with the convention that the sum is zero if the starting index exceeds the finishing index. By the way, in the paper , there are new conclusions and applications on series expansions of powers of several fundamental elementary functions. In , the first five expressions for Bk(, r) were listed as follows:
In , the recursive relation (3) was simplified as
in which the sequence bk() for is not involved.
In , Theorem 2.3, alternative recursive relations
were derived via a probabilistic interpretation of the series expansion of powers of a general series.
In , the complete Bell polynomials, denoted by , are defined by
By the way, in the article , some new results on the Bell polynomials of the second kind are surveyed and reviewed. Let for denote the zeros of , where (z) is the first kind Bessel function which can be represented as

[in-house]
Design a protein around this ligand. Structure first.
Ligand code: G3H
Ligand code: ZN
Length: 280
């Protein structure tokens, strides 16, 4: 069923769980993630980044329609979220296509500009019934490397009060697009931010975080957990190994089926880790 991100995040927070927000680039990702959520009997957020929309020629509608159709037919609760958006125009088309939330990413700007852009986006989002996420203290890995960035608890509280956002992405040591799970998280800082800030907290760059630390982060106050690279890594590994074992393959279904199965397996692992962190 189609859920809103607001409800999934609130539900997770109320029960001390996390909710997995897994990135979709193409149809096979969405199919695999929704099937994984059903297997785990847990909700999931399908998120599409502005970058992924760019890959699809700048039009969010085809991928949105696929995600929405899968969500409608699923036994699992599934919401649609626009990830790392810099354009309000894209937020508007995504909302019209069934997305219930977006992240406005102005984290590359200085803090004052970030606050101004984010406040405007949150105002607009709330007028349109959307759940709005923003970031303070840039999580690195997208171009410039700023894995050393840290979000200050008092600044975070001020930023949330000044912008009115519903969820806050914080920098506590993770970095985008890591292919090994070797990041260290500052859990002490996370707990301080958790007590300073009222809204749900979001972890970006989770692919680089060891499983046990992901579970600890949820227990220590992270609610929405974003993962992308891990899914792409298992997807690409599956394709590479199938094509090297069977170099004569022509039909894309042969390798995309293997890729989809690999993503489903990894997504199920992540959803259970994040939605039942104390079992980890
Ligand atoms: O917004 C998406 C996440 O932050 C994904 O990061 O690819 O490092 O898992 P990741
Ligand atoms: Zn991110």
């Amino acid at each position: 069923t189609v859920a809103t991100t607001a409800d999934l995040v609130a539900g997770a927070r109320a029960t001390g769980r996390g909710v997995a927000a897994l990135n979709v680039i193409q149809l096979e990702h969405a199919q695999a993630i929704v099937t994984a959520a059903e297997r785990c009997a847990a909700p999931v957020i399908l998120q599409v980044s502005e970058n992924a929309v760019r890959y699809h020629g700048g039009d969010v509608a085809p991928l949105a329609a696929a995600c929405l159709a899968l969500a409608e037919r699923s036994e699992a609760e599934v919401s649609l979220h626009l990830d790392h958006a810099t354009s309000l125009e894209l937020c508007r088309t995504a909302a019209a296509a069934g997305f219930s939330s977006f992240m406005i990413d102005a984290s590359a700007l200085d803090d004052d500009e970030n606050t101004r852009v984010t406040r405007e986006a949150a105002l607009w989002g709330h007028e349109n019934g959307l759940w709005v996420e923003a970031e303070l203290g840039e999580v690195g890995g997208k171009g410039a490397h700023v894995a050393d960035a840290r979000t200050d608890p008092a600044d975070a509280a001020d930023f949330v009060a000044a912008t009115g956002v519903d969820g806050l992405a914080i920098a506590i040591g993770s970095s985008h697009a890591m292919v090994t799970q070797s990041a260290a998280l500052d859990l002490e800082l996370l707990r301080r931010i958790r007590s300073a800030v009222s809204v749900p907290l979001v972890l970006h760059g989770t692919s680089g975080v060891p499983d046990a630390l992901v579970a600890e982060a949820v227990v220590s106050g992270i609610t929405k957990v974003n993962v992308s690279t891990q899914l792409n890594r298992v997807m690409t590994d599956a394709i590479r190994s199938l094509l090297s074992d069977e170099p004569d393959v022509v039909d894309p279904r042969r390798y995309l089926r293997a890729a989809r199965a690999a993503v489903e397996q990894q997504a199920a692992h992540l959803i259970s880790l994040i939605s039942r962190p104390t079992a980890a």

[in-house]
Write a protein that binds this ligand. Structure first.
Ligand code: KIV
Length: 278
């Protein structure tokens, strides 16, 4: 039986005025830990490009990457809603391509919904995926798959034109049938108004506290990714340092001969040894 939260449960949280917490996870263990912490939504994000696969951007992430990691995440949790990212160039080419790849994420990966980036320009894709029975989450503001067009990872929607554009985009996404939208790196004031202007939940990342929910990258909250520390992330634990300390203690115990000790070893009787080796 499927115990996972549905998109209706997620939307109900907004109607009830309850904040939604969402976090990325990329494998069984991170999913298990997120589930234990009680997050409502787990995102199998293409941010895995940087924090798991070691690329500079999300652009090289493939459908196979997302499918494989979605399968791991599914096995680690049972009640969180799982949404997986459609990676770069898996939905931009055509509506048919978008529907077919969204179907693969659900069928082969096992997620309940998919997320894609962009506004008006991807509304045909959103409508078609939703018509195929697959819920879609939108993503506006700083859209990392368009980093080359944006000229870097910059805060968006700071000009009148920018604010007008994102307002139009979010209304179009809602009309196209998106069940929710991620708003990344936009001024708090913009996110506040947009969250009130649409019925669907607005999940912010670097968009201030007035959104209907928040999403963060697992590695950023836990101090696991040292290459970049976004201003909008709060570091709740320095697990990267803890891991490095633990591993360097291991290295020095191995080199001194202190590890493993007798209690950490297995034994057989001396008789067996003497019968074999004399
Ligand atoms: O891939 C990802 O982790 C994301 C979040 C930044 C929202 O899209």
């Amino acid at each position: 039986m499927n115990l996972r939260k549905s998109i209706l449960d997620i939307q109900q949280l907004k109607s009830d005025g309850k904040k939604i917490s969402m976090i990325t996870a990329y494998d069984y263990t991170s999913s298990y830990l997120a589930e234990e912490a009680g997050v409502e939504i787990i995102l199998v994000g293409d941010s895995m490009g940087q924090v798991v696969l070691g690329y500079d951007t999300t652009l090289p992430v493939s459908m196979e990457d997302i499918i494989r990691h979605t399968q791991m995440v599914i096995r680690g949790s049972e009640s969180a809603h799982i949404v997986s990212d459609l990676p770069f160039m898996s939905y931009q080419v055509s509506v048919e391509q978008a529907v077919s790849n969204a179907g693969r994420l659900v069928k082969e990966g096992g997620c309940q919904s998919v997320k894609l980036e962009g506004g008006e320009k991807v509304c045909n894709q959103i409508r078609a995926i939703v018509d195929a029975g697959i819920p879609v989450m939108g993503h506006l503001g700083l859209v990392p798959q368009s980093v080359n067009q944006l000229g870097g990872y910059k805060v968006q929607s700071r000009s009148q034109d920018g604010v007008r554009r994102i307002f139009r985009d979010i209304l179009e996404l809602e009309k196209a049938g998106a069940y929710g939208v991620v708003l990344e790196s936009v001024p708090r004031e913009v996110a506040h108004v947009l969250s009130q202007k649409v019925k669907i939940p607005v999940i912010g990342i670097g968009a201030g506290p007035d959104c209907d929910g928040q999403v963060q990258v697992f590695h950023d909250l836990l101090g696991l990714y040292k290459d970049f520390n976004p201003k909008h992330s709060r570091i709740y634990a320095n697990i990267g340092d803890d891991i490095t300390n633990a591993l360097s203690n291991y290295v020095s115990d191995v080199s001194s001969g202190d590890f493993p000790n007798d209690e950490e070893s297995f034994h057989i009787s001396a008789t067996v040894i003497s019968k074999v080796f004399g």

where is called the order of (z). The Bessel zeta function
for q > 1 was originally introduced and studied in [11–14]. In , there are the following special values:
Theorems 3.1 and 3.2 in  read that
Corollary 4.2 in  confirms that Bk(, r) is a polynomial in r of degree k.
One of the reasons why ones investigated the series expansion (2) and the sequence Bk(, r) is that the products of the first kind Bessel functions and of the first kind modified Bessel functions appear frequently in problems of statistical mechanics and plasma physics considered in [15–17]. This reason has been mentioned in [5,7].
In the papers [8,18] and in Entry A131490 of The On-Line Encyclopedia of Integer Sequences, the sequence bk+1() generated in (4) has been studied. In , there are two concrete values
Theorem 5.1 in  reads that
Corollary 5.2 in  asserts that the number bk+1(0) is an integer. Theorem 5.4 in  reads that
and confirms that, due to the second value in (7), the sequence bk() for is not an integer sequence.